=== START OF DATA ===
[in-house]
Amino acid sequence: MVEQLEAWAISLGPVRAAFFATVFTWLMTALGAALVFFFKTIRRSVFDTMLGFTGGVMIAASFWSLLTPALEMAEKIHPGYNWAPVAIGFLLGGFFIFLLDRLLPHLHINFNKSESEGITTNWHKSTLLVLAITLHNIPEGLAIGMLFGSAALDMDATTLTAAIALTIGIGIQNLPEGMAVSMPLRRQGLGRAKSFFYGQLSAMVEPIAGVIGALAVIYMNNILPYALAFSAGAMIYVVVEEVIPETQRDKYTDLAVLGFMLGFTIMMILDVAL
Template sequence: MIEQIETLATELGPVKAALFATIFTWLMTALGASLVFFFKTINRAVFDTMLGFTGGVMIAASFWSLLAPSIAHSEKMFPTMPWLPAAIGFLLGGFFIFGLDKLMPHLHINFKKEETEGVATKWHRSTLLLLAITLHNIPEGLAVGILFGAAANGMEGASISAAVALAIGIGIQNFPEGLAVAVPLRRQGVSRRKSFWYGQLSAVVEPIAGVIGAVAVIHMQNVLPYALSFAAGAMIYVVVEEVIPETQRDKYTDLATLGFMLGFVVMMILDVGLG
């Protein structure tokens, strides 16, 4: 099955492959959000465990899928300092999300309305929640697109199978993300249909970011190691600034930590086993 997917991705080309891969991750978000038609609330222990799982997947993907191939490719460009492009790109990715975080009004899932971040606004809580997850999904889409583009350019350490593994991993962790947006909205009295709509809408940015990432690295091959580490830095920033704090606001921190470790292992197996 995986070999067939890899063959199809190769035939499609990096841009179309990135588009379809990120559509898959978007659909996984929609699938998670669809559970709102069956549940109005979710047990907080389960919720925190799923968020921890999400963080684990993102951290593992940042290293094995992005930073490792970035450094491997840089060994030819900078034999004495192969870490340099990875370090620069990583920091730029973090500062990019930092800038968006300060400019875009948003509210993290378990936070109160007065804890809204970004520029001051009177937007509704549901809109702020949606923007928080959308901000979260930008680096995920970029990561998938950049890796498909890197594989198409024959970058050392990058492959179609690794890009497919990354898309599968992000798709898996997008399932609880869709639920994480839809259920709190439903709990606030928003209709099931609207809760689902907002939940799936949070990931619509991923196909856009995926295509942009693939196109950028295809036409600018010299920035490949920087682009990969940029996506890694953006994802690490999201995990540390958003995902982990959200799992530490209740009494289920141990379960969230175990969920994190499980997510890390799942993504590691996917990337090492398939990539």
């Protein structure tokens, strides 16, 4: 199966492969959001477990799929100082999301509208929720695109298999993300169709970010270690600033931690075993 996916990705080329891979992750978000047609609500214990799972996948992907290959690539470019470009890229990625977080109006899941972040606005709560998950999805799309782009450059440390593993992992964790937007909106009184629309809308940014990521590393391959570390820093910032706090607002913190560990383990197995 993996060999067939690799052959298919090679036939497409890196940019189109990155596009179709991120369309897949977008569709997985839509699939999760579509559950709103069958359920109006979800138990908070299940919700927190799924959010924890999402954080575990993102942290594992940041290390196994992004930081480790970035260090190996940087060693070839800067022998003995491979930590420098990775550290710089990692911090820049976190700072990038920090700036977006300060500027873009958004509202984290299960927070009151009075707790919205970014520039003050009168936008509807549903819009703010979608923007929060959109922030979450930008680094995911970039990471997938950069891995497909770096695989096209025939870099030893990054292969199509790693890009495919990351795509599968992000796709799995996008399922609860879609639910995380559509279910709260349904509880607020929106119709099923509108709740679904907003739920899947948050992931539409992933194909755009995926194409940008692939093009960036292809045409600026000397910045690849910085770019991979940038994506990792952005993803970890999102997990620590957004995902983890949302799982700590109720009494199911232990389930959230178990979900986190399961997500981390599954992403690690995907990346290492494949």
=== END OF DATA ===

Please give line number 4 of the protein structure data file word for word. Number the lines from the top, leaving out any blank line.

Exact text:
């Protein structure tokens, strides 16, 4: 099955492959959000465990899928300092999300309305929640697109199978993300249909970011190691600034930590086993 997917991705080309891969991750978000038609609330222990799982997947993907191939490719460009492009790109990715975080009004899932971040606004809580997850999904889409583009350019350490593994991993962790947006909205009295709509809408940015990432690295091959580490830095920033704090606001921190470790292992197996 995986070999067939890899063959199809190769035939499609990096841009179309990135588009379809990120559509898959978007659909996984929609699938998670669809559970709102069956549940109005979710047990907080389960919720925190799923968020921890999400963080684990993102951290593992940042290293094995992005930073490792970035450094491997840089060994030819900078034999004495192969870490340099990875370090620069990583920091730029973090500062990019930092800038968006300060400019875009948003509210993290378990936070109160007065804890809204970004520029001051009177937007509704549901809109702020949606923007928080959308901000979260930008680096995920970029990561998938950049890796498909890197594989198409024959970058050392990058492959179609690794890009497919990354898309599968992000798709898996997008399932609880869709639920994480839809259920709190439903709990606030928003209709099931609207809760689902907002939940799936949070990931619509991923196909856009995926295509942009693939196109950028295809036409600018010299920035490949920087682009990969940029996506890694953006994802690490999201995990540390958003995902982990959200799992530490209740009494289920141990379960969230175990969920994190499980997510890390799942993504590691996917990337090492398939990539």